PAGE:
BY DYLAN JARDINE
They’ve never had it better. The Scottish nationalists appear golden in one of the most uncertain and turbulent political landscapes in many decades. With a Tory government in Westminster to blame and its unimpressive Labour “opposition” undergoing a process of internal combustion, the SNP are in an enviable position. From their comfy seats in Holyrood, they can at once govern while having Westminster as a convenient scapegoat when problems arise. This alongside their skillful ability to engage the attentions of the grassroots with effective, relatable leadership would imply yet another electoral success for the party in Scotland and it’s hard to think otherwise. But does all this mean yet another independence referendum, the party’s raison d’être, would see them triumph? Nobody can, admittedly, blame them for trying: there certainly has been a ‘substantive change in circumstances’ by way of the UK leaving the EU and their popularity with the Scottish electorate would seemingly imply a win. Though there’s good reason to think otherwise and I, for one, suspect defeat on the horizon.
Brexit has been the SNP’s Trojan horse – the single most effective weapon at their disposal for the means of justifying a second independence referendum in 2018. May’s inevitable ‘hard Brexit’ – for she risks dividing her party and infuriating large numbers of the electorate if she does anything to the contrary – is exactly the enemy Sturgeon needs to launch her campaign proper. The moment her preference for a watered-down Brexit is rejected by May, the nationalists will have their crucial impetus needed for the referendum and the debate will heat to boiling point. Sturgeon will offer an application for EU membership as an incentive for an “independent” Scotland which will surely be popular considering a significant majority of Scots voted to remain in the EU. This assumes that Scotland will leave the UK to lessen the Brexit blow – or avoid it altogether.
There are, however, a few salient obstacles to another Scottish independence referendum that put into question this assumed SNP victory. The most obvious of which being that the next referendum will lack the novelty factor of the first. Such campaigns tend to lose their momentum second time around; especially with such a short distance between the two dates. People lose interest and the statistics back this up. A recent YouGov poll found 46 percent would vote to leave the UK in the next referendum, yet the 2014 figure for the first stands at 45 percent. Such an insignificant increase illustrates voter fatigue and the SNP has clearly failed to take this properly into consideration. It’s likely, indeed, many swing-voters will regard this return of the ‘once in a generation opportunity’ with contempt and the consequences of such won’t be in the party’s favour.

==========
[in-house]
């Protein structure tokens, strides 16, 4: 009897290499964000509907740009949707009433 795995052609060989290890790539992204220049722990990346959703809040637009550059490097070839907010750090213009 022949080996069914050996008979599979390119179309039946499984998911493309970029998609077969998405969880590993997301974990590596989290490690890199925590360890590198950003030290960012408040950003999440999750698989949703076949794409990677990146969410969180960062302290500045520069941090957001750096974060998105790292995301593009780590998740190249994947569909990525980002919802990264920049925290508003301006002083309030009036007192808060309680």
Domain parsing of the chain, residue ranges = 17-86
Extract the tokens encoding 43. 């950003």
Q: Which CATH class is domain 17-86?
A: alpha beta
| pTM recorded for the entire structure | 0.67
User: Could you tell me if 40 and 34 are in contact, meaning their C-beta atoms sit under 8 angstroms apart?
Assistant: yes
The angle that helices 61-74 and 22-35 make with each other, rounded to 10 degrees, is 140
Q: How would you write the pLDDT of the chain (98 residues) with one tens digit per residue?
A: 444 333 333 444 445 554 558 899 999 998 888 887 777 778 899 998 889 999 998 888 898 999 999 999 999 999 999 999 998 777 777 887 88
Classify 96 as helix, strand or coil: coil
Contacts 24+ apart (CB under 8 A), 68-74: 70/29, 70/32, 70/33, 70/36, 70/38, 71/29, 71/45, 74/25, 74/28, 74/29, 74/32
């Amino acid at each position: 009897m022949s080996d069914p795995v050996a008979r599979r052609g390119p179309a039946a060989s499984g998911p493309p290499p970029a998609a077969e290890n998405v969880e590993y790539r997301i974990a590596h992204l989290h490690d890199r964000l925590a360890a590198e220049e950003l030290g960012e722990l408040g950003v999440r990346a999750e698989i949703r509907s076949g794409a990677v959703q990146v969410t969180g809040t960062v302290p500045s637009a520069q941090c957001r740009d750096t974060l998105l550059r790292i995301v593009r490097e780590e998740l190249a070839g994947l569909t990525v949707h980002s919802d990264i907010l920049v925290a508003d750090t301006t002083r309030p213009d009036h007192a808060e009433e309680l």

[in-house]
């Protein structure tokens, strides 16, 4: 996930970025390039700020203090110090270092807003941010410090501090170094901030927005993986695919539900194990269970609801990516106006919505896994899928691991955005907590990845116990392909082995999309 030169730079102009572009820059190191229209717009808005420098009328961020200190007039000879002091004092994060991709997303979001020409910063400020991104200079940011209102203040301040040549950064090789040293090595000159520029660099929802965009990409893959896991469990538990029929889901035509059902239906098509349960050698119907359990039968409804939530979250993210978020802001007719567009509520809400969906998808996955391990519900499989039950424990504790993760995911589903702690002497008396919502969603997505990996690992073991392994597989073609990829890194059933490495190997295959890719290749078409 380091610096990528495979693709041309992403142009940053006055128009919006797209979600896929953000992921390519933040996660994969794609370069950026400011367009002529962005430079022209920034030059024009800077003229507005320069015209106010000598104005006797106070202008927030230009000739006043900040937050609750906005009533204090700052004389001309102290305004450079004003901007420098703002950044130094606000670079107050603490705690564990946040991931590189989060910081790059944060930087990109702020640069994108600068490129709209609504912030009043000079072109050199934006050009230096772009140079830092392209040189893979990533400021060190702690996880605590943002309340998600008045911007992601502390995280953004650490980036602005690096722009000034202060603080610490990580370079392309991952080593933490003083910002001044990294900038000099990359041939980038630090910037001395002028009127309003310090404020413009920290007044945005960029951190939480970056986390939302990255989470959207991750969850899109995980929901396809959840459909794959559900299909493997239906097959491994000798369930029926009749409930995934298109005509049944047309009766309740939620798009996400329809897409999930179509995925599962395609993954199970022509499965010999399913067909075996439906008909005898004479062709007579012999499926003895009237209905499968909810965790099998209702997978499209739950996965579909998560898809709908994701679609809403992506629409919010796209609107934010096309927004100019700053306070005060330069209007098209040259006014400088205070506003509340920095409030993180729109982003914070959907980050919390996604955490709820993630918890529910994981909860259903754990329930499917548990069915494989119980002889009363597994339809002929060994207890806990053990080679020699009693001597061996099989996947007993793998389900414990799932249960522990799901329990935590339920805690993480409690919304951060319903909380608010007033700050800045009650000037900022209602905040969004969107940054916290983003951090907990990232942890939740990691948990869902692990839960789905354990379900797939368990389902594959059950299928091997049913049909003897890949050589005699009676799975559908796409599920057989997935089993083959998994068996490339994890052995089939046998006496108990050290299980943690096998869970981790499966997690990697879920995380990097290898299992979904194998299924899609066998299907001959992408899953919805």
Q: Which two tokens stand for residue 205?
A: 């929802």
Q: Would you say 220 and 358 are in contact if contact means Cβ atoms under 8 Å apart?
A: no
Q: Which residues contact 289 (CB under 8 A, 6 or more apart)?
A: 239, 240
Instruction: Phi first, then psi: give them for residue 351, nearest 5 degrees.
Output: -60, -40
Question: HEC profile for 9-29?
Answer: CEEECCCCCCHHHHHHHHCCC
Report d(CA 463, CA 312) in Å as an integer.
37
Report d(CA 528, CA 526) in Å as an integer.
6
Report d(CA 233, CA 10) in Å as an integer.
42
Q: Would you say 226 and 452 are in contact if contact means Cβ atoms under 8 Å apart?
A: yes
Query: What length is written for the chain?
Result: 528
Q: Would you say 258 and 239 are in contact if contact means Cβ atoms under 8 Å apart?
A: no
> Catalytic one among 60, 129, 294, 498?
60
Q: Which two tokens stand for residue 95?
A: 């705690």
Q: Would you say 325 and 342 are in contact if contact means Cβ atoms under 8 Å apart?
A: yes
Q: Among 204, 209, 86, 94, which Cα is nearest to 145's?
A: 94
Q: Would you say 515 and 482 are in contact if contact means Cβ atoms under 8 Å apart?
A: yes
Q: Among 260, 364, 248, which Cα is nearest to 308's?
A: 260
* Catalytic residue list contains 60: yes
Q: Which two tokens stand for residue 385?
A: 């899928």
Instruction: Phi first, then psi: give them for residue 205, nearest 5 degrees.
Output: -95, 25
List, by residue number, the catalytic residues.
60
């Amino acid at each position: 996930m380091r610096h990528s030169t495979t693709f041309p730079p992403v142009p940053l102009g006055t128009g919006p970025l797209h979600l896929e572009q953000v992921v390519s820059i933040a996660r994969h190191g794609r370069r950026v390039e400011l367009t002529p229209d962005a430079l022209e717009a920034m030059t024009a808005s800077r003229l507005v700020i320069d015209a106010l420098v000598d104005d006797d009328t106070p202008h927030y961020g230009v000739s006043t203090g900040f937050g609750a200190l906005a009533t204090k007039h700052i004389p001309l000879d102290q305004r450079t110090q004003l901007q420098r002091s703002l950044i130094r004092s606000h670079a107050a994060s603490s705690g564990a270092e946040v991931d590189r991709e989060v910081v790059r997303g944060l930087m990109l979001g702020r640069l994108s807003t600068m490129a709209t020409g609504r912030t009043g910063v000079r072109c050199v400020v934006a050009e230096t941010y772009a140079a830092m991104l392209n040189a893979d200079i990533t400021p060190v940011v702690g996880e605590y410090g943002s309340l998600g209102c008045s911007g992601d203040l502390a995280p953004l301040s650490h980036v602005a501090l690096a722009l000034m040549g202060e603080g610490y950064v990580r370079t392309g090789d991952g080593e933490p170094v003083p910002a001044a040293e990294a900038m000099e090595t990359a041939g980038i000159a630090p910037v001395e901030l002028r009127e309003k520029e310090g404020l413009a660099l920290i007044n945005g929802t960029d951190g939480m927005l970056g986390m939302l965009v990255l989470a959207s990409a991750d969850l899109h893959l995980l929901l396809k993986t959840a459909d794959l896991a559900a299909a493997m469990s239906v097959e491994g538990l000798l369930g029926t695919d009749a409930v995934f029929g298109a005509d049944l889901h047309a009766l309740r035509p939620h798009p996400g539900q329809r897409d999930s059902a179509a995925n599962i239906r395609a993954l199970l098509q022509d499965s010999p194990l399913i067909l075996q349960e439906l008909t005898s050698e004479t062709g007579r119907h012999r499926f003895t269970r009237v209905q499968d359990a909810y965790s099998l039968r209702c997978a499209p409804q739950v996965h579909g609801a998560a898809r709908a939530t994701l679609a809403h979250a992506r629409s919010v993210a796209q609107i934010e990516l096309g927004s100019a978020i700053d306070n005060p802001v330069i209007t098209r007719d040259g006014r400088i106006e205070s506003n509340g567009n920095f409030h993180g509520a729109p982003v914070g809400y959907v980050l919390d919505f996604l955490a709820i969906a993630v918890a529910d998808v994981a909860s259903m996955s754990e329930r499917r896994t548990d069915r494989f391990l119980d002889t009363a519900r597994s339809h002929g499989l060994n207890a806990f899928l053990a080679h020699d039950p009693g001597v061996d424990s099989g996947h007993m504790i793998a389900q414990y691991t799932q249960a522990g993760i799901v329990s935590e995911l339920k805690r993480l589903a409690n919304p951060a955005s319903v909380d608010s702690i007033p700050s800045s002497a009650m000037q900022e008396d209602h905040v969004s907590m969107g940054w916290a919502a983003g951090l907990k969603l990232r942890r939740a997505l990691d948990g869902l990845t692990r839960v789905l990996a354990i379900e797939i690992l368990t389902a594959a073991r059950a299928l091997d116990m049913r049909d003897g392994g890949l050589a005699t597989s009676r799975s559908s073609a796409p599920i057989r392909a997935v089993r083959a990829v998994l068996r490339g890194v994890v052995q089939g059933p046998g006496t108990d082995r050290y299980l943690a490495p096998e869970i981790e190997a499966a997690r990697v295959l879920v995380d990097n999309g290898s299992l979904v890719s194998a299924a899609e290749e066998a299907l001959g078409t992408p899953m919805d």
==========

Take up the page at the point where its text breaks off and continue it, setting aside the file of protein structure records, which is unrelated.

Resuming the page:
But the main obstacle for the success of indyref2 is that many original ‘Yes’ voters will have shifted sides to the ‘No’ camp second time around for the same reason they first sought to leave the UK: sovereignty. Scots hungry for sovereignty who voted to leave both the UK and the EU seem unlikely to support a referendum which voices a move towards the European project – in direct opposition to their ideal of centralised decision-making. Those not keen on rule from Westminster may be even less keen on rule from Brussels. And with the criticisms of the EU fresh in their mind, the SNP may just be surprised at how they ultimately decide to vote. If Sturgeon does go onto define her campaign for IndRef2 on a move towards the EU, which will more than likely be the case, then she risks losing the loyalties of these most passionate of voters. This may well prove a significant factor in the success of such a referendum.
Money will likely play a key role in the dialogue, too. For this, the SNP are likely to fall back on the argument for the unreliability of the pound sterling in the current, post-Brexit economic climate – and they’d be right to do so. But Surgeon will find herself having to explain the alternative. And with a Scottish budget deficit of near fifteen billion amid plummeting oil prices, the path doesn’t look paved with gold. If Scotland does leave the UK and then follows this by pushing for EU membership, this will surely come with the condition of significant fiscal contraction. That involves reducing the already substantial budget deficit by a programme of austerity which would put Westminster’s Tory government to shame. No doubt this will be fudged and people will turn to their hearts over their heads, but this still presents an obstacle to indyref2 that even its smooth-operating leaders will find hard to overcome. The SNP may be golden now, but a second independence referendum may see their most embarrassing defeat yet.